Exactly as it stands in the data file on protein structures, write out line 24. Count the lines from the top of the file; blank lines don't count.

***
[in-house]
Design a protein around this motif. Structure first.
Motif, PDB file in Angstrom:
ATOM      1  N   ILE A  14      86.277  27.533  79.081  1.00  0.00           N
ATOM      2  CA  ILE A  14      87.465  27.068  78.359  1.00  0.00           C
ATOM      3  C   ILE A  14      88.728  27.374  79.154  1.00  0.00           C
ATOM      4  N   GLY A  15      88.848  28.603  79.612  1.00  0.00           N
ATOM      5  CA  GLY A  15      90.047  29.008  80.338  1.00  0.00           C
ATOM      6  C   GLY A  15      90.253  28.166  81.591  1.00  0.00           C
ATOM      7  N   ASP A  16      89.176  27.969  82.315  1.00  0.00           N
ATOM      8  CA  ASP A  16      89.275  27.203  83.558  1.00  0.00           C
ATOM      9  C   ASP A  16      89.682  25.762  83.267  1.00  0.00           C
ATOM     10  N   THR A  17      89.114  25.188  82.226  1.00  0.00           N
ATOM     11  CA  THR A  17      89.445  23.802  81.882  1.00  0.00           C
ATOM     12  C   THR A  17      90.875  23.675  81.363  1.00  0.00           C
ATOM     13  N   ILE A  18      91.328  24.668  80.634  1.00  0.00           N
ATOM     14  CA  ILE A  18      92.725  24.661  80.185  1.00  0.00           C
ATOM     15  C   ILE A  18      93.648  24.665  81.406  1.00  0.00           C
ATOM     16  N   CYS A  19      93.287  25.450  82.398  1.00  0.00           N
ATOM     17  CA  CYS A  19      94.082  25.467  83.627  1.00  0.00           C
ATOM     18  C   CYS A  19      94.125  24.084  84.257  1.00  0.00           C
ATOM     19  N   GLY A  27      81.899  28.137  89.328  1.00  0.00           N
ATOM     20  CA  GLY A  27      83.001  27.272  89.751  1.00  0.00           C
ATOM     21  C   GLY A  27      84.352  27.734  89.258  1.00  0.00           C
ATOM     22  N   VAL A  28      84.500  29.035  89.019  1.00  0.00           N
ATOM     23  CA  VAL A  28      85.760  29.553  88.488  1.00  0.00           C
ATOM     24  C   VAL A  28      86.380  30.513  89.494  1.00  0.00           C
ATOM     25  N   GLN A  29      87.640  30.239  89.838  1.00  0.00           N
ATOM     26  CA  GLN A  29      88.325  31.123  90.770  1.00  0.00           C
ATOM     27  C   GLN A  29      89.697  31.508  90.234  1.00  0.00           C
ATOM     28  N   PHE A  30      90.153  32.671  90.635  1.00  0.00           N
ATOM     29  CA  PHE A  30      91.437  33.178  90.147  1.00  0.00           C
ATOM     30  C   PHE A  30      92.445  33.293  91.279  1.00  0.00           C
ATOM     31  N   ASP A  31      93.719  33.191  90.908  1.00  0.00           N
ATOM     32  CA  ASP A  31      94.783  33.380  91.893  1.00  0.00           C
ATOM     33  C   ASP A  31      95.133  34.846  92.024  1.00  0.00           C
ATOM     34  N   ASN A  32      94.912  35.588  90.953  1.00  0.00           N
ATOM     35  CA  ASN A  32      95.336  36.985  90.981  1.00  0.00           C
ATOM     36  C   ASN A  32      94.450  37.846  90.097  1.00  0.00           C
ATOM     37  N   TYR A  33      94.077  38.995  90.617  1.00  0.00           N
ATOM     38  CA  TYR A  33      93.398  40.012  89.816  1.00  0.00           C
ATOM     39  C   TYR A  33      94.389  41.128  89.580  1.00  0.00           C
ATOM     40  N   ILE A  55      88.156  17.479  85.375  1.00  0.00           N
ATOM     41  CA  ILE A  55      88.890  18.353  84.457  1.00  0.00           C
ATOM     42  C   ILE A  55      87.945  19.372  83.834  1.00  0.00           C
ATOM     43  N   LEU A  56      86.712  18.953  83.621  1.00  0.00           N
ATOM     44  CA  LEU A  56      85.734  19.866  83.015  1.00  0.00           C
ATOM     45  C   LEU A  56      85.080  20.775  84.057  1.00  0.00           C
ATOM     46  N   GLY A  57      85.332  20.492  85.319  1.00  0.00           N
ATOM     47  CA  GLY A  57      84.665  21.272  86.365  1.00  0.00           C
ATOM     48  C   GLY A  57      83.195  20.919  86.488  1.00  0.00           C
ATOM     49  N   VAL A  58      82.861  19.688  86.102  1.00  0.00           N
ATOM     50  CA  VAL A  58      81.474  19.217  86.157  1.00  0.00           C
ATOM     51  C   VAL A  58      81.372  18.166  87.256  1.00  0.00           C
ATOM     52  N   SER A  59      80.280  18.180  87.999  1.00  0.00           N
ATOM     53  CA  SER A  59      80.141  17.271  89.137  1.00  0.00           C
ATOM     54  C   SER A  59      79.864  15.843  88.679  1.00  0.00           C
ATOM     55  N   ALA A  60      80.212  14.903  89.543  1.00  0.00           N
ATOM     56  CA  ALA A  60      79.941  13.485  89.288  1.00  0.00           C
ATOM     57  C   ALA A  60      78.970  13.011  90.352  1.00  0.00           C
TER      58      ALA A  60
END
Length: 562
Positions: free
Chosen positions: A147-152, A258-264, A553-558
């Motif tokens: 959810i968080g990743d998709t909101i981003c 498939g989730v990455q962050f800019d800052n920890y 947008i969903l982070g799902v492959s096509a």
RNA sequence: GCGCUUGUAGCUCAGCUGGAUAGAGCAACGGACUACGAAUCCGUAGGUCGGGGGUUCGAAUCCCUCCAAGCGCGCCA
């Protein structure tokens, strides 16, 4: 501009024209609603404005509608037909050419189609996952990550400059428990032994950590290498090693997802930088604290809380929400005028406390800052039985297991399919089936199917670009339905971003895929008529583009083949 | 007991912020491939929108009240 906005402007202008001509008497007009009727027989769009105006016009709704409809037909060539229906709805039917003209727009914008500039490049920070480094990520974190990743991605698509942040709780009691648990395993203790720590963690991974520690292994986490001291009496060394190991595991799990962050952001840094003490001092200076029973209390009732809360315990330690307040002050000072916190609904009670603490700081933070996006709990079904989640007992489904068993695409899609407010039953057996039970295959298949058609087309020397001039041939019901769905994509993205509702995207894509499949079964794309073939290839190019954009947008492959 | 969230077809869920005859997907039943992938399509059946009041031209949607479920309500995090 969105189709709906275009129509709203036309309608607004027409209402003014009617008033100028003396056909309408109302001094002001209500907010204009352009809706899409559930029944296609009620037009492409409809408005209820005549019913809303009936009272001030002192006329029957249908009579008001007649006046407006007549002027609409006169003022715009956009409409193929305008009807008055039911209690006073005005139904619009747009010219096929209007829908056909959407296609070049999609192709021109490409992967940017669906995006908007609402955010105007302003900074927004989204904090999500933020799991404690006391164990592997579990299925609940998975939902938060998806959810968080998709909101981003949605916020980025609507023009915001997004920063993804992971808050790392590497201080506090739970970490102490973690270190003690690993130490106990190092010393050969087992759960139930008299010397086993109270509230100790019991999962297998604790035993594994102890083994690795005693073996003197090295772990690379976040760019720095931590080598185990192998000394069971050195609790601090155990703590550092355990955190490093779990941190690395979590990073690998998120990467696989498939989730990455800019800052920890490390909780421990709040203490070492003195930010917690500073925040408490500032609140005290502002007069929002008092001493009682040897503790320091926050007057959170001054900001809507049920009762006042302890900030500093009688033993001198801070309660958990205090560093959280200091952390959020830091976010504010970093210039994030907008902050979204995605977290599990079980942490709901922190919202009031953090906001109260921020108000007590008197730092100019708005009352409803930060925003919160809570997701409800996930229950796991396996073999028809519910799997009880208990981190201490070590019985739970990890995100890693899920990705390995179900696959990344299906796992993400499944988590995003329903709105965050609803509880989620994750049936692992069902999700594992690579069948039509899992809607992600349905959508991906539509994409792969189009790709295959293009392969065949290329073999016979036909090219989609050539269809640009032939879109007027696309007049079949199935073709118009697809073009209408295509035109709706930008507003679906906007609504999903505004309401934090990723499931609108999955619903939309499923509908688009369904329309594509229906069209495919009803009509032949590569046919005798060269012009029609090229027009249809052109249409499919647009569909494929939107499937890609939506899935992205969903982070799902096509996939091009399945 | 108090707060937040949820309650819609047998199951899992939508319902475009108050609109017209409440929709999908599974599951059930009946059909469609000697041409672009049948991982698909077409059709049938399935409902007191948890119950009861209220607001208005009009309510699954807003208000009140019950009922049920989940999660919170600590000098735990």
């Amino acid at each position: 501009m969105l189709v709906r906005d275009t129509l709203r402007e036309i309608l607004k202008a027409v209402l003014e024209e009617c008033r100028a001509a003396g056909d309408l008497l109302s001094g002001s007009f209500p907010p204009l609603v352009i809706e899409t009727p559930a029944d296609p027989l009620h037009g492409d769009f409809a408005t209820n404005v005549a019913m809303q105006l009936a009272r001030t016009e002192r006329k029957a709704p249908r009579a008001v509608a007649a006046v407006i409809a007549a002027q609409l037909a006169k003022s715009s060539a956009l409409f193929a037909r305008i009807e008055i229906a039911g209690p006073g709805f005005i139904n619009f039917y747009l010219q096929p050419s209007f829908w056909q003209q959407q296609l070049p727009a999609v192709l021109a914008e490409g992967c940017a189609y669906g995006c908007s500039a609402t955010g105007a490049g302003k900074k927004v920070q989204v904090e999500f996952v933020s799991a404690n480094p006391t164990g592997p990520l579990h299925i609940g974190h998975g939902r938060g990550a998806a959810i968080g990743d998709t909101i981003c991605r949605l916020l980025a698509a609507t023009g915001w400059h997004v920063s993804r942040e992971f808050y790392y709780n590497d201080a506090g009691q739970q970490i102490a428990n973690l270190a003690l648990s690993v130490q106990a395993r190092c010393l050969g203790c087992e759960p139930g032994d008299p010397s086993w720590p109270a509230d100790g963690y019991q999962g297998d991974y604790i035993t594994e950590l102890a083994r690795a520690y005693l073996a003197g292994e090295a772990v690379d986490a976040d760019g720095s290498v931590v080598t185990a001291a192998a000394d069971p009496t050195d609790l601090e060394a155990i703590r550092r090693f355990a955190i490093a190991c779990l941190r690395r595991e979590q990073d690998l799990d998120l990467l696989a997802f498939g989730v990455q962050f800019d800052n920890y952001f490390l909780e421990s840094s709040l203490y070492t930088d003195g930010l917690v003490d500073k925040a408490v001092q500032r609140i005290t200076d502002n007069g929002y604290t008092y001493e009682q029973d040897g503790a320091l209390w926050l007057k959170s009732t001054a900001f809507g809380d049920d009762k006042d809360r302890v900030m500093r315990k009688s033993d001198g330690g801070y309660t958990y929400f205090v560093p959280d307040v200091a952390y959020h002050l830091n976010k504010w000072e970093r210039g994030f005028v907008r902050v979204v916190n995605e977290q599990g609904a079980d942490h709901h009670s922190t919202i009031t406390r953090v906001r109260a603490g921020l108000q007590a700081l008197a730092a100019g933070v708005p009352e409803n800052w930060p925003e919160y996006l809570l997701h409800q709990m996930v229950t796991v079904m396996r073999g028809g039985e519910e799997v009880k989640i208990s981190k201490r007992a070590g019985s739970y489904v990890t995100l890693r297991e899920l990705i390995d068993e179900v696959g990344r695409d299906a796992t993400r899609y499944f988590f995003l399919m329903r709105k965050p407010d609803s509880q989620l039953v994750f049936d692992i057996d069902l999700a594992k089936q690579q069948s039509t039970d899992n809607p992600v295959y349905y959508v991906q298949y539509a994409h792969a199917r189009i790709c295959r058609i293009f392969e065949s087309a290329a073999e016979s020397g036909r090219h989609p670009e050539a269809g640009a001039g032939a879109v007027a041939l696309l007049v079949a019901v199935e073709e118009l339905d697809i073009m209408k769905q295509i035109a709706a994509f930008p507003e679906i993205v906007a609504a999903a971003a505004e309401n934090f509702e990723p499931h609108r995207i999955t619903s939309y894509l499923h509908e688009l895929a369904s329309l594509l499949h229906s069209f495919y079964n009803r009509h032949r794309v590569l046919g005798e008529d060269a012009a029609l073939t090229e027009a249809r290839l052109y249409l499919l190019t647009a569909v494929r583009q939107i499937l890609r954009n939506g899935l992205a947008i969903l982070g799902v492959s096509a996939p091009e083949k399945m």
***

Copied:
ATOM     21  C   GLY A  27      84.352  27.734  89.258  1.00  0.00           C